(CNN) -- One week before top-level U.S.-Pakistani talks in Washington on security and aid, one of Pakistan's leading development experts said it's vital to tackle poverty in her country to fight terrorism.
"I personally think that addressing poverty, which is Pakistan's biggest problem today, is going to combat in some ways the issue of security that we face," Roshaneh Zafar, founder and president of the Kashf Foundation told CNN's Christiane Amanpour on Thursday.
"We worked with 1 million poor families across Pakistan, and we've seen what happens, the change that happens." She said even small increases in family incomes can transform society, because parents can then put their children in private schools.
"[By] putting in micro-finance, which is the most sustainable way of providing aid to low-income households, we are beginning to see a silent revolution take place both in terms of children going to school, their ability to actually transcend their social backgrounds and become professionals," she said.
"The evidence from a substantial body of work that's pre-9/11 as well as post-9/11 [suggests] the link between terrorism and poverty or terrorism and literacy is tenuous at best," he said.
"Now that's not to say that poverty shouldn't be solved. But poverty should be solved because it should be unacceptable to us as human beings."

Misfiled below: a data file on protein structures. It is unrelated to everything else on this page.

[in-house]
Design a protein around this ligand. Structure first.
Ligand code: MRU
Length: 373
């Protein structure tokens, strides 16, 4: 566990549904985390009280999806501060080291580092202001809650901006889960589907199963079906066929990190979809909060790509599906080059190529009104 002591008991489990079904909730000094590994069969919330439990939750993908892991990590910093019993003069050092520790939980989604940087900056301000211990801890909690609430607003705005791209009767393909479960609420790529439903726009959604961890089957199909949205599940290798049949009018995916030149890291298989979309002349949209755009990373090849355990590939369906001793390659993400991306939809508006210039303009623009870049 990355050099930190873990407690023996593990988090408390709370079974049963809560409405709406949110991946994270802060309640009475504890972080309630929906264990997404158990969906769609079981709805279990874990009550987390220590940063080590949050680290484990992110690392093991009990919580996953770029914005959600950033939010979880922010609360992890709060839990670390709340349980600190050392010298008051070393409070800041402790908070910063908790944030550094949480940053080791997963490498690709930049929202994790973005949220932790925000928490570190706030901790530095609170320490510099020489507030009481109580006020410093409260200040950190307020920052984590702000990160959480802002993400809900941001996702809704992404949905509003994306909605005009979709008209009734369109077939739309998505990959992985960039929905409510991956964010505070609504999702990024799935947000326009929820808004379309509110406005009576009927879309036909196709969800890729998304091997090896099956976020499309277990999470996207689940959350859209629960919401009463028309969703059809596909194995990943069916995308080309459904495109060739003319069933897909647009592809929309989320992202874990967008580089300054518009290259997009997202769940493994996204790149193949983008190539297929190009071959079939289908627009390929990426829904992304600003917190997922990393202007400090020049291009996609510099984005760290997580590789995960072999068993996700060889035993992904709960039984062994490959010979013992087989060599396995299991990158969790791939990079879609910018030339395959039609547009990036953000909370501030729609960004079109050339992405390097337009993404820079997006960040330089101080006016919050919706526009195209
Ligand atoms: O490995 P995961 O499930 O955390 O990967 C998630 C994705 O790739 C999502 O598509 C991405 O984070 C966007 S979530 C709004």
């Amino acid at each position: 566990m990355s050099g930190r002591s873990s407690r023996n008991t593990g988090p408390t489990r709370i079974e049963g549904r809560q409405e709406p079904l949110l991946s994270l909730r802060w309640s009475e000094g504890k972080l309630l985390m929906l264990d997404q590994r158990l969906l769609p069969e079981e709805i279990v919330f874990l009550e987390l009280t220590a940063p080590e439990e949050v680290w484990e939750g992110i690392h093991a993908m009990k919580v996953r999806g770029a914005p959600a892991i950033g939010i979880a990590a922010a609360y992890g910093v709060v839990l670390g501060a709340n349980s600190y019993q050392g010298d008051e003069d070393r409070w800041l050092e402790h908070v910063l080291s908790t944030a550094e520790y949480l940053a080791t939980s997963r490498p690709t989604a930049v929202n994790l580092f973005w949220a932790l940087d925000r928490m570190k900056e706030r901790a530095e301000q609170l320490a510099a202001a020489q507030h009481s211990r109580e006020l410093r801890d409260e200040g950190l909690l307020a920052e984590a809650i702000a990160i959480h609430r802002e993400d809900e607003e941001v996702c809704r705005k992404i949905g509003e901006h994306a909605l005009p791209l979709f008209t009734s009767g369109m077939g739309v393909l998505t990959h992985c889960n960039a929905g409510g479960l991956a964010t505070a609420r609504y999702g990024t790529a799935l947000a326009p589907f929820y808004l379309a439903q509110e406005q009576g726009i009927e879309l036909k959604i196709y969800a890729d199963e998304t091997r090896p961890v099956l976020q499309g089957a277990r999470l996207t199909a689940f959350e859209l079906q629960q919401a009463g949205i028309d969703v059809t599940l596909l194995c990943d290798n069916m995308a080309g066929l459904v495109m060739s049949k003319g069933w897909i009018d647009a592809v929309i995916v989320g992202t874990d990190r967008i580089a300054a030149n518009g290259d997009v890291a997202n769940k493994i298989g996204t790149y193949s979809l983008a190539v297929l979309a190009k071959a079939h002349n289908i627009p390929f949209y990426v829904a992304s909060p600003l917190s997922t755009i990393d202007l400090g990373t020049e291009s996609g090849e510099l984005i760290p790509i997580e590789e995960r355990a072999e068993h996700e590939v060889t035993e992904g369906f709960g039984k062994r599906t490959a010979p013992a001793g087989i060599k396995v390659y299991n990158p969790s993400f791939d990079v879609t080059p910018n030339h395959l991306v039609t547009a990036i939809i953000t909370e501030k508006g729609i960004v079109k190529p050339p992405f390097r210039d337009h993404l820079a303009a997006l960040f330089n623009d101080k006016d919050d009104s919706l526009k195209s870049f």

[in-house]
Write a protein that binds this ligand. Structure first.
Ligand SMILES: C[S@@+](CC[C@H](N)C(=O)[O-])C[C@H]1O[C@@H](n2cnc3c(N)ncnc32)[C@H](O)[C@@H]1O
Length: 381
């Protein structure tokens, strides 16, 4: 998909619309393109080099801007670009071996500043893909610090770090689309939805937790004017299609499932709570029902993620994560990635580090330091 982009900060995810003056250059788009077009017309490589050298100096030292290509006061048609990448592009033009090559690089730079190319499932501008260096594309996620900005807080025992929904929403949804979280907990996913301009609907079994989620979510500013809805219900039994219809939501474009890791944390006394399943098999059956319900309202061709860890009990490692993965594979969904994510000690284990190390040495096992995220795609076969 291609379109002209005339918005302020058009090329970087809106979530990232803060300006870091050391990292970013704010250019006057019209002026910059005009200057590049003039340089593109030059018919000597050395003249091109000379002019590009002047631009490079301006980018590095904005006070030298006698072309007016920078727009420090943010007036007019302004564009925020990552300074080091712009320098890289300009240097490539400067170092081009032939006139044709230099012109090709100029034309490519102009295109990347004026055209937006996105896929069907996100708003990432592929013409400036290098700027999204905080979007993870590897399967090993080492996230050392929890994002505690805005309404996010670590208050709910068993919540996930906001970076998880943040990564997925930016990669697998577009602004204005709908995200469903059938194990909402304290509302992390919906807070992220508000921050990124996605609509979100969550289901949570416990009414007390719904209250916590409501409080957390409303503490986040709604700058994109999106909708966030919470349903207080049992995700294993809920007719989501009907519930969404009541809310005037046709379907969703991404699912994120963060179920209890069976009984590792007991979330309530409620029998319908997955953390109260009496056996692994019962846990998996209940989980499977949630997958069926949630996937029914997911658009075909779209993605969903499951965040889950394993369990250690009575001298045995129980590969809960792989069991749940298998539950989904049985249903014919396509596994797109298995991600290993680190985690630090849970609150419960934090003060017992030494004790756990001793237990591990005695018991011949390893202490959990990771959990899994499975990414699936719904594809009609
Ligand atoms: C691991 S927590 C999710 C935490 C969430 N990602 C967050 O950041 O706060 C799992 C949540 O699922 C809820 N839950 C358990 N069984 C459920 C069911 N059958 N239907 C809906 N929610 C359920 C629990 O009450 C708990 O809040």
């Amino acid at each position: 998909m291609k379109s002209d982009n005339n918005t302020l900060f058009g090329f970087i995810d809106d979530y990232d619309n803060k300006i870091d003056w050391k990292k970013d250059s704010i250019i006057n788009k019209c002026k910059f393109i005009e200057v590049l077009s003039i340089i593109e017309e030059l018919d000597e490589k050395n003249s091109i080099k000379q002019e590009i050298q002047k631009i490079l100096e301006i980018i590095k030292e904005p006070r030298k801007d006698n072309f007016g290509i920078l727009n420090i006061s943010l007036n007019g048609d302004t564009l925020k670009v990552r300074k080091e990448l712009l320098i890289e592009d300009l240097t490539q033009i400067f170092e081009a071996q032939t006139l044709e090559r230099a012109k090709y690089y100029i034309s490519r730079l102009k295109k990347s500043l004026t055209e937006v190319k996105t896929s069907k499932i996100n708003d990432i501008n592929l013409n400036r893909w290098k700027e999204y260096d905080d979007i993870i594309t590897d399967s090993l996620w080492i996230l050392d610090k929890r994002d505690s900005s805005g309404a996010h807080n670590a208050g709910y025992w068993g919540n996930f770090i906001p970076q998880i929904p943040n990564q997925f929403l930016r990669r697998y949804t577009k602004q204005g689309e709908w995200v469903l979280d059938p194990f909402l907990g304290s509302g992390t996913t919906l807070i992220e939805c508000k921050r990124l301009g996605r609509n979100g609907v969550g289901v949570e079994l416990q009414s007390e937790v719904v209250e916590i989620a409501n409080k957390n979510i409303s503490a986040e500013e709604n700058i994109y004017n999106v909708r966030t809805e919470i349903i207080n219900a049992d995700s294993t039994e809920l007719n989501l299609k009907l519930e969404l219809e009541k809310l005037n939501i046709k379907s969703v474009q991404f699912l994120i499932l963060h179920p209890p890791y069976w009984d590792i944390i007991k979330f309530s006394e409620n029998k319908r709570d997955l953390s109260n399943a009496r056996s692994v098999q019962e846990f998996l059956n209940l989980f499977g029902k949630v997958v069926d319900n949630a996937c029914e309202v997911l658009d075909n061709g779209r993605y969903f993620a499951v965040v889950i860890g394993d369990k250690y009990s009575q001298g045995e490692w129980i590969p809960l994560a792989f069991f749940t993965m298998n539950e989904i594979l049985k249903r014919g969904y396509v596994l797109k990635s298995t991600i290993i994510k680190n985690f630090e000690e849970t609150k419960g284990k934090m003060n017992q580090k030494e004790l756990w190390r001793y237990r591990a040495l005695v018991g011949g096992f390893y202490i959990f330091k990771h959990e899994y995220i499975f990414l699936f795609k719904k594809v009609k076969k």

Poverty and development likely are to be among the key issues at next week's planned talks in Washington between U.S. Secretary of State Hillary Clinton and Pakistani Foreign Minister Shah Mehmood Qureshi.
The United States is giving Pakistan $1.5 billion in humanitarian aid a year for the next five years as part of a long-term strategy to help stabilize Pakistan, which is fighting its own war against extremists and is used as a safe haven by Afghan Taliban insurgents and al Qaeda.
Pakistani officials say the United States also is launching frequent attacks from unmanned Predator drones against suspected terrorist targets in the lawless frontier areas of Pakistan, near the border with Afghanistan.
Zaidi said there is deep suspicion in Pakistan about the aid the United States is sending. "It's seen as blood money for the losses of Pakistani lives, particularly through things like drone strikes, which have been targeting al Qaeda militants."
He also said the most important thing for U.S. policymakers and philanthropists to understand is that countries aren't built by nongovernmental organizations or by philanthropy, but by governments.
But Jacqueline Novogratz, founder and CEO of the Acumen Fund, which invests in development projects in Pakistan and elsewhere, cited the example of the huge progress she said is being made in housing construction in Pakistan as a result of initiatives by nonprofit organizations.
"I think that's where we're going to start seeing real scale. And then there's the scale of the human imagination," she said.
"Then there's the scale of frameworks that start with trust and credibility that both the United States and the Pakistan government have as an opportunity to show that they're there, that they care and they can make things happen."